The Manhattan Transcripts are theoretical propositions executed through drawing. Made between 1976 and 1981 for consecutive exhibitions, the four episodes transcribe imagined events in real New York locales: The Park uncovers a murder in Central Park; The Street (Border Crossing) chronicles the movement of a person drifting through violent and sexual events on Forty-second Street; The Tower (The Fall) depicts a vertiginous fall from a Manhattan skyscraper; and The Block illustrates five unlikely events occurring in separate courtyards within a city block. Tschumi’s Transcripts propose that, beyond its traditional conventions of representation, architecture resides in the superimposition of space, movement, and events. The event, in particular, is the figurative origin of architecture itself, through which Tschumi proposes an architecture of difference and opposition rather than synthesis and totality. Narrative techniques—be they pictorial or cinematic—evoke the ability of fiction to produce an alternative form of critique.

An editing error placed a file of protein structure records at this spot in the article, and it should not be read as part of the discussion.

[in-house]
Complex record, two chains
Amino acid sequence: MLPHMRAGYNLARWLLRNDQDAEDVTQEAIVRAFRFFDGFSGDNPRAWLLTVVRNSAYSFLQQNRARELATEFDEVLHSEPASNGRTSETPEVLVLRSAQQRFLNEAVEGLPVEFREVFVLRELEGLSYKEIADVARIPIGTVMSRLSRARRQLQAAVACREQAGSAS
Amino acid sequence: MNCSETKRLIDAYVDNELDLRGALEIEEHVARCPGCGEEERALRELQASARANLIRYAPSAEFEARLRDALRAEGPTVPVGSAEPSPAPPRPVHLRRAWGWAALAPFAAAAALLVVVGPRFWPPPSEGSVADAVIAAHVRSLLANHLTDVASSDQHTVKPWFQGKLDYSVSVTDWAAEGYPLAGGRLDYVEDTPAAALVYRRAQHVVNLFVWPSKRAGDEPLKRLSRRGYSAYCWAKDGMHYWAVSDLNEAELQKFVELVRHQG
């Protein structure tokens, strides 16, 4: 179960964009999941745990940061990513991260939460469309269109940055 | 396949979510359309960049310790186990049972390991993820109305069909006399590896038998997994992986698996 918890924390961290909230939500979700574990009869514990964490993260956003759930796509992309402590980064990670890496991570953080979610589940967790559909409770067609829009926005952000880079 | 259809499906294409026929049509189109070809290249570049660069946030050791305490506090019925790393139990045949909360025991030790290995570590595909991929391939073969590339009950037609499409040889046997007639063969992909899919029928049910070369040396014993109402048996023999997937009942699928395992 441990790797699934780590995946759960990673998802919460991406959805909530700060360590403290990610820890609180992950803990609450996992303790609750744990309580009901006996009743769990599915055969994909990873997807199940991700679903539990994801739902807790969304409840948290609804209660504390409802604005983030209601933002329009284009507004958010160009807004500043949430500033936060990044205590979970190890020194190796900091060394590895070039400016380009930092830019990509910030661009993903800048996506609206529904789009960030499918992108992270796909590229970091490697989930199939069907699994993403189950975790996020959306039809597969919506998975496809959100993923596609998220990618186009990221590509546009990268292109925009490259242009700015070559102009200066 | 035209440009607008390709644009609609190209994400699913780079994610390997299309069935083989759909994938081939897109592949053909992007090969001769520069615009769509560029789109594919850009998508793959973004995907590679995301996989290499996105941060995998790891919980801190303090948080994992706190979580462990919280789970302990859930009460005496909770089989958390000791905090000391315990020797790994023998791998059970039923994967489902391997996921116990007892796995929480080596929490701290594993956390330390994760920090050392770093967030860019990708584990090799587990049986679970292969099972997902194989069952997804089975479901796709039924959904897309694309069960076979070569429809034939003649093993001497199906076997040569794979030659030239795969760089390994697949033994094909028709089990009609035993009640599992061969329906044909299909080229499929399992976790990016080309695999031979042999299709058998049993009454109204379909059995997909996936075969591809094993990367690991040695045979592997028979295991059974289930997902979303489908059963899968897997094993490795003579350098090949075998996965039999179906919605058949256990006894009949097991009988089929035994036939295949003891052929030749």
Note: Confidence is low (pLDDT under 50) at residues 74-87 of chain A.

from 9 + 1 Ways of Being Political: 50 Years of Political Stances in Architecture and Urban Design, September 12, 2012–March 25, 2013